Slow and steady wins the race, even one that takes 10 years to move 45 miles


An older juvenile northern map turtle rests on a log. Image: James Harding

By Reese Carlson

The turtles had a long journey ahead.

They fought for 45 miles against the strong Kalamazoo River current. They left the river and walked up and over a dam blocking their path. They traversed water so shallow their shells likely stuck out of it. The destination? Their home 10 years earlier when the 2010 Kalamazoo River oil spill wiped it out.

In July 2010, one of the largest U.S. inland oil spills struck Michigan’s Kalamazoo River. The U.S. Environmental Protection Agency estimated the spill was upwards of 4.5 million gallons.

As part of a wildlife rescue, the Michigan Department of Natural Resources and the U.S. Fish and Wildlife Services relocated more than 700 northern map turtles to similar habitats along the Kalamazoo River.

In the 10 years following the spill, researchers led by Joshua Otten, a research ecologist with the University of Toledo, studied the movements of the map turtles after being relocated. A recent study published in the journal Conservation Science and Practice details the initial emergency move and the turtles’ subsequent movements for 10 years.

“The oil spill was a tragedy. But scientifically? It was an incredible opportunity to learn exactly how far these turtles will go,” said Stephen Hamilton, an aquatic ecosystem ecologist and biogeochemist with Michigan State University’s Kellogg Biological Station. “We had no idea how far freshwater turtles could travel.”

The turtles used their homing instincts to find their way back to their nests. Otten and his team expected this possibility. What they did not expect was the turtles traveling almost 45 miles upstream.

“They will usually move a few miles from their home base, we knew that,” Otten said. “We didn’t have data to support movement at larger distances. We had moved them 30 or 40 miles away from where they had been captured and we found them at nearly the same log they had been captured at originally, 10 years prior.”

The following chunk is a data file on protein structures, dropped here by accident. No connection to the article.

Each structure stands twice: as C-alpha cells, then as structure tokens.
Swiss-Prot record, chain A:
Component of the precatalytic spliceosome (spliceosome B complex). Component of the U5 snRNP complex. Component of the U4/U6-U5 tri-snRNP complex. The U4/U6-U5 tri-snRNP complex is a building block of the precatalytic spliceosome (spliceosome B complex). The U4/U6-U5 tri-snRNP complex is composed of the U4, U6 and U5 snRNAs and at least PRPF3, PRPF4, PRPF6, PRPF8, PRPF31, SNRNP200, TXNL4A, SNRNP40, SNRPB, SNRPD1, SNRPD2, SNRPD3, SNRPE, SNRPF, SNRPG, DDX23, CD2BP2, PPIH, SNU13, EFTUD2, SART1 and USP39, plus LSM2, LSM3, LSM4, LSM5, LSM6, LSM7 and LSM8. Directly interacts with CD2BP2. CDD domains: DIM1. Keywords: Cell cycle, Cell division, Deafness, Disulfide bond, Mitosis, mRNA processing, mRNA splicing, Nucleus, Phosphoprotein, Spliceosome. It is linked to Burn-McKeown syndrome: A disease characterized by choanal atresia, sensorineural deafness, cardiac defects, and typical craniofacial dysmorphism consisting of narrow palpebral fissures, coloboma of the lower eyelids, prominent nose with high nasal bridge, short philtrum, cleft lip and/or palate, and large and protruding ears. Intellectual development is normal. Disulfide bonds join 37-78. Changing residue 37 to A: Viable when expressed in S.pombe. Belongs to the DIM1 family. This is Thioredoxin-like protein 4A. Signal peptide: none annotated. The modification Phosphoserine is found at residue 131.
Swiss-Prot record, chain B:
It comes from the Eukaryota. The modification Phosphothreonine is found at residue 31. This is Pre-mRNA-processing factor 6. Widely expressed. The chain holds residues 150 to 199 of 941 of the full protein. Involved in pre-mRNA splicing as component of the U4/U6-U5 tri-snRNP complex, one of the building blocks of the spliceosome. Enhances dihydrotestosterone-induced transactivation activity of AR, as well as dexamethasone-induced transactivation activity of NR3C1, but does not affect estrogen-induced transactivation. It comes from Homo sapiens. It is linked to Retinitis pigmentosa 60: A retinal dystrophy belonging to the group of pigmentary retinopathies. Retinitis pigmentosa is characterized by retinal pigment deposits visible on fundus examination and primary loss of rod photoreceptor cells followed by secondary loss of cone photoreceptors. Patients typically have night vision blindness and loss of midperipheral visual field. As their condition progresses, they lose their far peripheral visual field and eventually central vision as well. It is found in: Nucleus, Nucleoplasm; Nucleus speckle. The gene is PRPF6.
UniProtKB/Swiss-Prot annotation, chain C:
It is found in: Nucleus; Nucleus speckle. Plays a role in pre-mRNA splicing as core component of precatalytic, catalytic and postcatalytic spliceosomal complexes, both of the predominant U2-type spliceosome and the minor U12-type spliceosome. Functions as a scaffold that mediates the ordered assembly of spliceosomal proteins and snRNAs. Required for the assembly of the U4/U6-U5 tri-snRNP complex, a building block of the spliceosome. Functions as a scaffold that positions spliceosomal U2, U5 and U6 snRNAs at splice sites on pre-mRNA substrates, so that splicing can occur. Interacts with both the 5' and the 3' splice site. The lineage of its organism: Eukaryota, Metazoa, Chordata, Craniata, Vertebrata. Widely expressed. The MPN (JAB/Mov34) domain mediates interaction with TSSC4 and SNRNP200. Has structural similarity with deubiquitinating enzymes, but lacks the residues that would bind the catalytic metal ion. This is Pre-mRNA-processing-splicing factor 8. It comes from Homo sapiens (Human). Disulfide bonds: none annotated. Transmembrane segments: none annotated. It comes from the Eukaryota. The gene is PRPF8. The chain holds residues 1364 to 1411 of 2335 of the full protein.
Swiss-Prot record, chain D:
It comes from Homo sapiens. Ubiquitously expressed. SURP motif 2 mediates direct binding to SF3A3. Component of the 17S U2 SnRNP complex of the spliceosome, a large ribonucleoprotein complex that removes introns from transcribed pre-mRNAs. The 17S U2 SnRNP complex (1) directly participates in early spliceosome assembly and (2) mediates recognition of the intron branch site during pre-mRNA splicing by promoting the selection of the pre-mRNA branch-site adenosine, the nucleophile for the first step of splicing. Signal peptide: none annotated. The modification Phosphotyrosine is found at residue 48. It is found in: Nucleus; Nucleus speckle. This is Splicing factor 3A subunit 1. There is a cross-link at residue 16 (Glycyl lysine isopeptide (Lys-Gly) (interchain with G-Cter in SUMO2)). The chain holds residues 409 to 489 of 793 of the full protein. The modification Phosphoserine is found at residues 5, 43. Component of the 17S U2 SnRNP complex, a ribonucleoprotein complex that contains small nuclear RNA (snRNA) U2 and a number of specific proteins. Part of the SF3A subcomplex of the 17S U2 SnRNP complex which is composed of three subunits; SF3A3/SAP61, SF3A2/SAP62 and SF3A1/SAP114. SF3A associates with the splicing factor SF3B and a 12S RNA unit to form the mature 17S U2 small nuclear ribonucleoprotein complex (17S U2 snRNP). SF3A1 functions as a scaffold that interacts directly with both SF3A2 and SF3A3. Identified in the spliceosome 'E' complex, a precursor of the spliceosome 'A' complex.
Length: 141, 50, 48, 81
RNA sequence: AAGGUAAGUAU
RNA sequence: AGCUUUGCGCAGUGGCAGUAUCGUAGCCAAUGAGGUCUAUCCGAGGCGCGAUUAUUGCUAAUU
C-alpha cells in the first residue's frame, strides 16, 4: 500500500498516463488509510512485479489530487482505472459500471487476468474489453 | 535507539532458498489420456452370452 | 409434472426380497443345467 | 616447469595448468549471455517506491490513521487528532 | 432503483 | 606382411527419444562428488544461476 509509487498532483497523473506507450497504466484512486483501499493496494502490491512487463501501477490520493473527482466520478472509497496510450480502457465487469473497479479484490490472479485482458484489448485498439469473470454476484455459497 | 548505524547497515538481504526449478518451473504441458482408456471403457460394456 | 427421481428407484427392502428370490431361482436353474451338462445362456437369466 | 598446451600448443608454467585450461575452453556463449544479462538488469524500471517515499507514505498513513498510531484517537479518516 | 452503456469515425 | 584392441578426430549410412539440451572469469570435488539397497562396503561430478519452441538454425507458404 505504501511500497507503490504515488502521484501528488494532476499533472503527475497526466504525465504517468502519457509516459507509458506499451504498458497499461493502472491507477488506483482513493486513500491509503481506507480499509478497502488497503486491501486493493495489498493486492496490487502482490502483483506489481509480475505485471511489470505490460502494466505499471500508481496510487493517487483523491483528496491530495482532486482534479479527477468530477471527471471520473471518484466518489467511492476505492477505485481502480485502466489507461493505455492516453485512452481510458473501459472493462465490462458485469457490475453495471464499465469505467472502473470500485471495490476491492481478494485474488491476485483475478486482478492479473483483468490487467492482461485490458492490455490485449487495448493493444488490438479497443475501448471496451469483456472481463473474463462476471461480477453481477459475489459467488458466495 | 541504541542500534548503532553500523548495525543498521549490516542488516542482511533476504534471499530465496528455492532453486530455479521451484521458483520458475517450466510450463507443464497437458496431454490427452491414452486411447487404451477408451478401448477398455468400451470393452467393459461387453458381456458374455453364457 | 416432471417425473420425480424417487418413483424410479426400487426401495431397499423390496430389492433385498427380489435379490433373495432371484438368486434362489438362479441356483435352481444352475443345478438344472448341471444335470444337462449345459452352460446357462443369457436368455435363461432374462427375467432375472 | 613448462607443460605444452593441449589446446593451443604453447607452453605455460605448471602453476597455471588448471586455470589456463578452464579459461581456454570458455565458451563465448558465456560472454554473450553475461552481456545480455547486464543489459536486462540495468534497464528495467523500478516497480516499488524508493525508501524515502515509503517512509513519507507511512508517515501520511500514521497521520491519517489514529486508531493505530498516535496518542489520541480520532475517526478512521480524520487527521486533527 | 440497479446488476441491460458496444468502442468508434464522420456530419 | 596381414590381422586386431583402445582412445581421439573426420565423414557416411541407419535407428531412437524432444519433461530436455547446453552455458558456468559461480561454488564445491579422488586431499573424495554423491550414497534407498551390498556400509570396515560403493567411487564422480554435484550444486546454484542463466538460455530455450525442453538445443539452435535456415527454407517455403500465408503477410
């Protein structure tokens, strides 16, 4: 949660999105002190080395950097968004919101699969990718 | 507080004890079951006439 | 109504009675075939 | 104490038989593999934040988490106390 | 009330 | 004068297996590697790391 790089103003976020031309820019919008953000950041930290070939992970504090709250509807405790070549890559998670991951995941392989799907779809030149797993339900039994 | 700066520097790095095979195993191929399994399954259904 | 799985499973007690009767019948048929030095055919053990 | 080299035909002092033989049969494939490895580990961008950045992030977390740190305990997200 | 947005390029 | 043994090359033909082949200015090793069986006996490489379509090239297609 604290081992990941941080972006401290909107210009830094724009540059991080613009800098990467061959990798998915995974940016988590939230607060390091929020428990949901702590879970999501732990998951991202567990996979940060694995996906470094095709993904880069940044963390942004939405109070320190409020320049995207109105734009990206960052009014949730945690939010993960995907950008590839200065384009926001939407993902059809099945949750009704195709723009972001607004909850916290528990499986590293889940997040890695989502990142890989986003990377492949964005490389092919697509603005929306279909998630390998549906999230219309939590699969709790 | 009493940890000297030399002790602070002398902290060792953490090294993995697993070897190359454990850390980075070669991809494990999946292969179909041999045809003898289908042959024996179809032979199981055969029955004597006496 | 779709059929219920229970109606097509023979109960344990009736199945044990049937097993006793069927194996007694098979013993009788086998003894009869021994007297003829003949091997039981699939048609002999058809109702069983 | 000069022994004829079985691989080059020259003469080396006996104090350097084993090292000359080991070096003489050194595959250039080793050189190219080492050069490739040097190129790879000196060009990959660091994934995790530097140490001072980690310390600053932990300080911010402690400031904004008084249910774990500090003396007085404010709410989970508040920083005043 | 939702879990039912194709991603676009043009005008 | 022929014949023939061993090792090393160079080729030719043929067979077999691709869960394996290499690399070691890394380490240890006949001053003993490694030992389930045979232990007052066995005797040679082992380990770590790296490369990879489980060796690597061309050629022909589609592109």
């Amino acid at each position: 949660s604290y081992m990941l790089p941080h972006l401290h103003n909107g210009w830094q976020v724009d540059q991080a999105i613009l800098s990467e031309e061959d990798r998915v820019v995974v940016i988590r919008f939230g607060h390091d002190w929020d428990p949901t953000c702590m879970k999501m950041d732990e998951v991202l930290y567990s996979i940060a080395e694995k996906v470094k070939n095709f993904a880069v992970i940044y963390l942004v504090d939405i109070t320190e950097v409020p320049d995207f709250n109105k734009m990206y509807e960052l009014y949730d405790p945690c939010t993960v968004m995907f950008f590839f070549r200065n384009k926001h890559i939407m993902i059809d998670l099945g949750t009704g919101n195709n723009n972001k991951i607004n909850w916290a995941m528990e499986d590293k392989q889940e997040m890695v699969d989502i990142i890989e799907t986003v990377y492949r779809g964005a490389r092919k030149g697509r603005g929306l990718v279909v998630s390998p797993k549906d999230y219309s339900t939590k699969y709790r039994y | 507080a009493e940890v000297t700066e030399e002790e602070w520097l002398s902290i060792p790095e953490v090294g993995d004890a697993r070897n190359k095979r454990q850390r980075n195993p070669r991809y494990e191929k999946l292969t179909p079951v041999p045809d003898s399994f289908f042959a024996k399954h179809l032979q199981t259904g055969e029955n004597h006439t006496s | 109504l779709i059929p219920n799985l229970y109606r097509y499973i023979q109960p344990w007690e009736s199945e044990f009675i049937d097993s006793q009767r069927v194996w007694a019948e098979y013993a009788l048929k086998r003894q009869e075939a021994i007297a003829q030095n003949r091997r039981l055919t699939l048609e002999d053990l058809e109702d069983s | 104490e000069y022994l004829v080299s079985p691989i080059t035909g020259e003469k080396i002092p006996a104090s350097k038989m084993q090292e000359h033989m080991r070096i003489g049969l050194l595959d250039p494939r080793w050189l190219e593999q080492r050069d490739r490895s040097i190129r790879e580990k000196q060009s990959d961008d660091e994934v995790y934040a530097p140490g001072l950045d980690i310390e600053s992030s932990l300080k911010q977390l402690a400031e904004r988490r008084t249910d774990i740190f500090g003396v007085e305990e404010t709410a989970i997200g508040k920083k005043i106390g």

The map turtles had made it their personal mission to find their way back. It just took them 10 years to do it.

“Turtles have this homing ability which is really interesting,” said James Harding, a longtime Michigan turtle researcher. “I suspect that odor plays a part in it, but who knows. They could be reading the stars as a guide. Turtles just have this ability that lets them find their way back home.”

This study did more than just share turtle relocation statistics. It also shows that moving them can be successful.

Otten’s study explains that translocated reptiles experience higher death rates when they are moved. It examines the components that made the relocation successful and can be used as a guide for moving reptiles during similar events, Otten said.

“The main issue with the translocation success stories is that they are often just completed translocations,” Otten said. “There are never these follow up studies to see if they survived, so we don’t actually know if some of them are truly successful. They might just appear successful because the animals were released into the wild again.”

Translocation events are tricky, especially with turtles and their homing instincts. They’ll attempt to find their way home and often wander into roads. Just because the animals are back in their habitat doesn’t mean the move is truly successful, Harding said.

The northern map turtle’s success and survival in the Kalamazoo River paves the way for more attempts of this nature. Now that there is data to back it up, regulations and guidelines can be made species specific in the case of another environmental disaster, Otten said.

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